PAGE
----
How to define mathematical objects from scratch?

Are there any "Zermelo-type theories" for some other type of mathematical objects except for sets? I.e., axiomatic systems for mathematical objects formalized for first-order logic using a language consisting of one or more non logical symbols (corresponding to $\in$)?

How to think about those systems, do they define the objects or the non logical symbols or both? Or are such systems merely statutes, rules for working with the objects and symbols? Could a system of this kind ever be categorical?

Edit: as the question is formulated Peano axioms for natural numbers and Tarski axioms for geometry are examples. Among others! But I thought I was asking for something else. But I think I learned something anyway, both from formulating the question and from reading the comments.

• Avoid such titles. If one searches for "scratch" in the web, one would not get a hit from this question. – Pedro Tamaroff Nov 8 '14 at 22:06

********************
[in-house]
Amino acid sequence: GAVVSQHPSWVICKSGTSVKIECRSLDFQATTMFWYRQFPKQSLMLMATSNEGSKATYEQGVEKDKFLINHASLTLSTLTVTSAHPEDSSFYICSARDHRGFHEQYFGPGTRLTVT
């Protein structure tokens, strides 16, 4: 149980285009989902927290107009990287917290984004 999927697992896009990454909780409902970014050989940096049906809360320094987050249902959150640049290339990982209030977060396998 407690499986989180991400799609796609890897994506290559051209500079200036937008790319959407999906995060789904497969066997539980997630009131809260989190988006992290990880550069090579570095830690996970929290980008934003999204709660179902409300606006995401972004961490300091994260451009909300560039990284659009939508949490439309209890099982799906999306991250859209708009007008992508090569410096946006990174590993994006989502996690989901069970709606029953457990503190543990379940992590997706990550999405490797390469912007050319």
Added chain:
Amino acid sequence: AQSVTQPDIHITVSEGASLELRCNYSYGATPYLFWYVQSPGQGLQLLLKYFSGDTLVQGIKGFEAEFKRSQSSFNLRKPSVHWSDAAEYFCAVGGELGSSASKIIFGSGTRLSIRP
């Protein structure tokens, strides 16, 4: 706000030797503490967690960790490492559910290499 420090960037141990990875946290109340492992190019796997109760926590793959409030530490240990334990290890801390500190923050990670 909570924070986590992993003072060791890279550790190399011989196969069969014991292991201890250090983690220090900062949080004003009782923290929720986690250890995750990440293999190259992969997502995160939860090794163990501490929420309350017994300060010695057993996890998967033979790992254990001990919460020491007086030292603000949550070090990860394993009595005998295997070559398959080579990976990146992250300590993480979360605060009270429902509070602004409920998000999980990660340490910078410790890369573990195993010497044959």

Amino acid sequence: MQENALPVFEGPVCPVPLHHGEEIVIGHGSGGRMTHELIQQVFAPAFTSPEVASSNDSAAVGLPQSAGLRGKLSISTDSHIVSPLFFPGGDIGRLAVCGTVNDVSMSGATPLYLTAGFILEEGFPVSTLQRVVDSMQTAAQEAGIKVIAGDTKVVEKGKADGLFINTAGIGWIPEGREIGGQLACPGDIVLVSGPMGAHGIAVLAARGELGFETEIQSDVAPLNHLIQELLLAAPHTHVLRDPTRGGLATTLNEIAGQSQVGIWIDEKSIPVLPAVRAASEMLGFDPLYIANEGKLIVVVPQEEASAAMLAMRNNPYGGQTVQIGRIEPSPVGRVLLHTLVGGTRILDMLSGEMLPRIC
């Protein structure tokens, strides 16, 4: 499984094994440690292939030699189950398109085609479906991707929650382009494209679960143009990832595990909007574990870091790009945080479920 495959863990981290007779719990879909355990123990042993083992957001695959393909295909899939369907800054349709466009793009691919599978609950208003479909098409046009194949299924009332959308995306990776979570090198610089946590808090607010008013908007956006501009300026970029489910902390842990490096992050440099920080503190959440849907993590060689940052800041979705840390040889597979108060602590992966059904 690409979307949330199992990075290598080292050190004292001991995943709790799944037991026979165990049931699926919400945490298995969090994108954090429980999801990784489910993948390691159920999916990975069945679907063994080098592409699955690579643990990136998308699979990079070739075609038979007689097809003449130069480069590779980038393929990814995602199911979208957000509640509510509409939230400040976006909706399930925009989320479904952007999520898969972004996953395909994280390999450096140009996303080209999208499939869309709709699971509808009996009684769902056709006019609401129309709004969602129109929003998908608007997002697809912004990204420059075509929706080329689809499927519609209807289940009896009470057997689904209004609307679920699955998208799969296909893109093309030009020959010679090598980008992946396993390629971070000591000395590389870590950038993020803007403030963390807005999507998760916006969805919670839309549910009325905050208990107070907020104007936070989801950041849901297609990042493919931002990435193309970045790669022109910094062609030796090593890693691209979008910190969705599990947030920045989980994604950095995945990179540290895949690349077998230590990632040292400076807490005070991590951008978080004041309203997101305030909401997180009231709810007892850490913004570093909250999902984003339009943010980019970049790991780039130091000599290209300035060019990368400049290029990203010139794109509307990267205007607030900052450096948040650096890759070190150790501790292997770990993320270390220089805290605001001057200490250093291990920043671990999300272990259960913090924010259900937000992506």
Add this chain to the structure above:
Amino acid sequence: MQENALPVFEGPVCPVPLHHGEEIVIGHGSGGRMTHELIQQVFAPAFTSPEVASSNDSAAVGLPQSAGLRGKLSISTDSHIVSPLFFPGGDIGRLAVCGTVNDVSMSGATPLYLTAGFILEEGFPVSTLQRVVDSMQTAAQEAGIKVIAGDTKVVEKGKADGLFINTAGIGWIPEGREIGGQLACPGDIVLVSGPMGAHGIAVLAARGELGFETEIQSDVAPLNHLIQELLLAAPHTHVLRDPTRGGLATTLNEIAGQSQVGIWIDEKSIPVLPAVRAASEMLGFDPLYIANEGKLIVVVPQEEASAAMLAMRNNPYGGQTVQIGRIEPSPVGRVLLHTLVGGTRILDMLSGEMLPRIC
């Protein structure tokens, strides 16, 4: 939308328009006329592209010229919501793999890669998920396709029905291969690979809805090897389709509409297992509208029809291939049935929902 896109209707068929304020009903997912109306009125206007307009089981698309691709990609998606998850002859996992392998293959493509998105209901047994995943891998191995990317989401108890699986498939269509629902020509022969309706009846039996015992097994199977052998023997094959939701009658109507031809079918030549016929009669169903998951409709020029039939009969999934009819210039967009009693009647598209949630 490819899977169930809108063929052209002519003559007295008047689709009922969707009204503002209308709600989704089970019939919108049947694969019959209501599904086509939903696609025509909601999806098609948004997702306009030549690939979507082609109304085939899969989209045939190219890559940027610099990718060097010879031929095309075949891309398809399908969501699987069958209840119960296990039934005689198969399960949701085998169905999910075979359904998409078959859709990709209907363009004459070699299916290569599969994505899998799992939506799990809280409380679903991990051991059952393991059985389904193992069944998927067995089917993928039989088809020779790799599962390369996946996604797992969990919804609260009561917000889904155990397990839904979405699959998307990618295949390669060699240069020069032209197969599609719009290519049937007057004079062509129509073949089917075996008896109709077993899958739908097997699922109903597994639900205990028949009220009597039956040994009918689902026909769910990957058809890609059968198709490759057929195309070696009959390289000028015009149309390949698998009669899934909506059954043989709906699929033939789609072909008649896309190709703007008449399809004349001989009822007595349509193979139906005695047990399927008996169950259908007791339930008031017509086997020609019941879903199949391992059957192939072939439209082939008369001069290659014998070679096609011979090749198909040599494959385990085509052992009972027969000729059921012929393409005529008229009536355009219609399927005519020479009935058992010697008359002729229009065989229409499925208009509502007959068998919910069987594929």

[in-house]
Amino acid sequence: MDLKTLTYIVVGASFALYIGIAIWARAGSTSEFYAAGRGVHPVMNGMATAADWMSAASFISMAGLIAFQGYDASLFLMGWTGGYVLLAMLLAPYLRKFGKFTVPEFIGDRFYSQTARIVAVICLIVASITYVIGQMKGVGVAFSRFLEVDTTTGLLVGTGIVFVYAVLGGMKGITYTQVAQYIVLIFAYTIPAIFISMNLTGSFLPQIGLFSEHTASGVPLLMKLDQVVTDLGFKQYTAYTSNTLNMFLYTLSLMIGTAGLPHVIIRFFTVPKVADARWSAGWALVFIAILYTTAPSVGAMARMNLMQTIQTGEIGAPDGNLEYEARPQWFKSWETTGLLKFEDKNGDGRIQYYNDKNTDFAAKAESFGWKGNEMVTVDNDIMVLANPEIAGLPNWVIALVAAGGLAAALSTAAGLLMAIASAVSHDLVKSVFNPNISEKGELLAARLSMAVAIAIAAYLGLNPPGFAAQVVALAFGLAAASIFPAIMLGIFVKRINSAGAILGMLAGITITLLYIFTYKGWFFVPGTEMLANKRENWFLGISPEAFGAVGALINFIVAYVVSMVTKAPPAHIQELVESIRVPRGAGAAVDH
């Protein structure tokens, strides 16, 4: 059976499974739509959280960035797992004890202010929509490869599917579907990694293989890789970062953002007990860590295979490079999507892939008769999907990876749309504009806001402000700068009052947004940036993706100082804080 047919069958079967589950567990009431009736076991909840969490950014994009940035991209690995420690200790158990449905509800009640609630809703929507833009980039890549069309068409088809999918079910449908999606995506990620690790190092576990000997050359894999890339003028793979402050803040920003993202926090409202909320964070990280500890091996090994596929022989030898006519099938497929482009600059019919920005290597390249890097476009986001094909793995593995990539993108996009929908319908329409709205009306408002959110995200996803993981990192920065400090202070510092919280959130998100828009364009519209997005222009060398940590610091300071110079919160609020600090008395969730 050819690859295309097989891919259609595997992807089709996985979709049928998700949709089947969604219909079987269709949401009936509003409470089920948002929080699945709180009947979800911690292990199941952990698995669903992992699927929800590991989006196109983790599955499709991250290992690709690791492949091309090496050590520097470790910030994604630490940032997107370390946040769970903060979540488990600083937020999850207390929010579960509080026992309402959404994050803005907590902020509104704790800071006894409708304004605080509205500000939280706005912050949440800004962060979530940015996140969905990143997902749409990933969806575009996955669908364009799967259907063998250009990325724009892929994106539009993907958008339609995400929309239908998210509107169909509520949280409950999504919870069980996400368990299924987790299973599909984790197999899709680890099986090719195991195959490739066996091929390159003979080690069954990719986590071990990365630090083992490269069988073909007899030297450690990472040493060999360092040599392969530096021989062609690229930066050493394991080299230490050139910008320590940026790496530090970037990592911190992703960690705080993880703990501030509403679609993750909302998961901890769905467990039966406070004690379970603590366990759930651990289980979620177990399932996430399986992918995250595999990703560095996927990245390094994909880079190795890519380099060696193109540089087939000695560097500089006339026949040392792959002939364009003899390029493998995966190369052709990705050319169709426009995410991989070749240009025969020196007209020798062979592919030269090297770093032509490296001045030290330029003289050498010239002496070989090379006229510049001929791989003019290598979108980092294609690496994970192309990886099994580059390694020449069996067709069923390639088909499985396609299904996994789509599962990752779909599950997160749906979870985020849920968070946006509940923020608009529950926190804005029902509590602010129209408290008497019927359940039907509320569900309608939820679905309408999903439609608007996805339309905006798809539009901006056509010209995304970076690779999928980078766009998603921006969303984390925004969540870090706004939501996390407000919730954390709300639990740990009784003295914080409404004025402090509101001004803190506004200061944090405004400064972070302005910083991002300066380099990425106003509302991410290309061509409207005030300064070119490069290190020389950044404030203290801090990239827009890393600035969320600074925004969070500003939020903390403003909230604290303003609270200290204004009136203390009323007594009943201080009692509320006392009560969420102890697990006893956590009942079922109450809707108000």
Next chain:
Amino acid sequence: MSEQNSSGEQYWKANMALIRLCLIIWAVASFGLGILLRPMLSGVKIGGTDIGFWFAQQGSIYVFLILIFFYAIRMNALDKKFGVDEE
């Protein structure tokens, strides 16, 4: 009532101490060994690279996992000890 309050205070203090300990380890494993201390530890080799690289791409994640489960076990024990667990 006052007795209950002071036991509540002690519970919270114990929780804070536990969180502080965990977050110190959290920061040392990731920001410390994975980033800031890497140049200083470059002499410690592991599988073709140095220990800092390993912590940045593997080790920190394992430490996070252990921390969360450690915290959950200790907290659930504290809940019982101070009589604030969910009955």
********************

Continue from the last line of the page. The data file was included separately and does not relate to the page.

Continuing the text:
• Here are many examples of first-order theories: en.wikipedia.org/wiki/List_of_first-order_theories – Hanno Nov 8 '14 at 22:20
• @Arthur: As far as I know, Hilbert's axioms are not first order, but Tarski's are. – Hanno Nov 8 '14 at 22:31
• @Arthur - I do not thin so; see Hilbert's axioms : it a three-sorted anguage (points, lines, planes) but the Axiom of line completeness is stated in terms of "a system of points, straight lines, and planes". For an elementary axiomatization, see Tarski's axioms. – Mauro ALLEGRANZA Nov 8 '14 at 22:34